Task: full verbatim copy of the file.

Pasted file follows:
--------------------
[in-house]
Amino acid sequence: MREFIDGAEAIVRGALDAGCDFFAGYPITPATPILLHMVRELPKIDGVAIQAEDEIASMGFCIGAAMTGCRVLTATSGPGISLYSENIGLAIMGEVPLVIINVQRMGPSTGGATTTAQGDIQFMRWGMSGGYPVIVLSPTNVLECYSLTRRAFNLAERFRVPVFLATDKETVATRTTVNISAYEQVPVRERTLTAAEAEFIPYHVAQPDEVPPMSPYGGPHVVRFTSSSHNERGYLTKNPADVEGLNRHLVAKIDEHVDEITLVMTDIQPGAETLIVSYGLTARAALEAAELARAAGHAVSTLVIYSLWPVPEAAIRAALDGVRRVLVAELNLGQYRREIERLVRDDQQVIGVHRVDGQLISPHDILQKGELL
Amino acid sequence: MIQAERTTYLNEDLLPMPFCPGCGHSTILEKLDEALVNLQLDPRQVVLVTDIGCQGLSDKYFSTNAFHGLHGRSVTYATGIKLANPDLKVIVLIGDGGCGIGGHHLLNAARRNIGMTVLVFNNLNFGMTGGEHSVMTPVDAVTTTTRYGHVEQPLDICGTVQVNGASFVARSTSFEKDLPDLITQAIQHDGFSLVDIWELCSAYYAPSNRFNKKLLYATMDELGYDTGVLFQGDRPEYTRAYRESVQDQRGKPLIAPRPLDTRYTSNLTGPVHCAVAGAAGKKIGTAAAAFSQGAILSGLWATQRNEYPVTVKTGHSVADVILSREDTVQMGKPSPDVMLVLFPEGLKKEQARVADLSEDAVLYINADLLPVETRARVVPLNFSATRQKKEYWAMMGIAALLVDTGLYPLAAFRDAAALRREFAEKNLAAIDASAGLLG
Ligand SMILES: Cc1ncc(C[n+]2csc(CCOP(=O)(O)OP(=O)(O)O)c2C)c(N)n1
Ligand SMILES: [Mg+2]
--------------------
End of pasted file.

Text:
[in-house]
Amino acid sequence: MREFIDGAEAIVRGALDAGCDFFAGYPITPATPILLHMVRELPKIDGVAIQAEDEIASMGFCIGAAMTGCRVLTATSGPGISLYSENIGLAIMGEVPLVIINVQRMGPSTGGATTTAQGDIQFMRWGMSGGYPVIVLSPTNVLECYSLTRRAFNLAERFRVPVFLATDKETVATRTTVNISAYEQVPVRERTLTAAEAEFIPYHVAQPDEVPPMSPYGGPHVVRFTSSSHNERGYLTKNPADVEGLNRHLVAKIDEHVDEITLVMTDIQPGAETLIVSYGLTARAALEAAELARAAGHAVSTLVIYSLWPVPEAAIRAALDGVRRVLVAELNLGQYRREIERLVRDDQQVIGVHRVDGQLISPHDILQKGELL
Amino acid sequence: MIQAERTTYLNEDLLPMPFCPGCGHSTILEKLDEALVNLQLDPRQVVLVTDIGCQGLSDKYFSTNAFHGLHGRSVTYATGIKLANPDLKVIVLIGDGGCGIGGHHLLNAARRNIGMTVLVFNNLNFGMTGGEHSVMTPVDAVTTTTRYGHVEQPLDICGTVQVNGASFVARSTSFEKDLPDLITQAIQHDGFSLVDIWELCSAYYAPSNRFNKKLLYATMDELGYDTGVLFQGDRPEYTRAYRESVQDQRGKPLIAPRPLDTRYTSNLTGPVHCAVAGAAGKKIGTAAAAFSQGAILSGLWATQRNEYPVTVKTGHSVADVILSREDTVQMGKPSPDVMLVLFPEGLKKEQARVADLSEDAVLYINADLLPVETRARVVPLNFSATRQKKEYWAMMGIAALLVDTGLYPLAAFRDAAALRREFAEKNLAAIDASAGLLG
Ligand SMILES: Cc1ncc(C[n+]2csc(CCOP(=O)(O)OP(=O)(O)O)c2C)c(N)n1
Ligand SMILES: [Mg+2]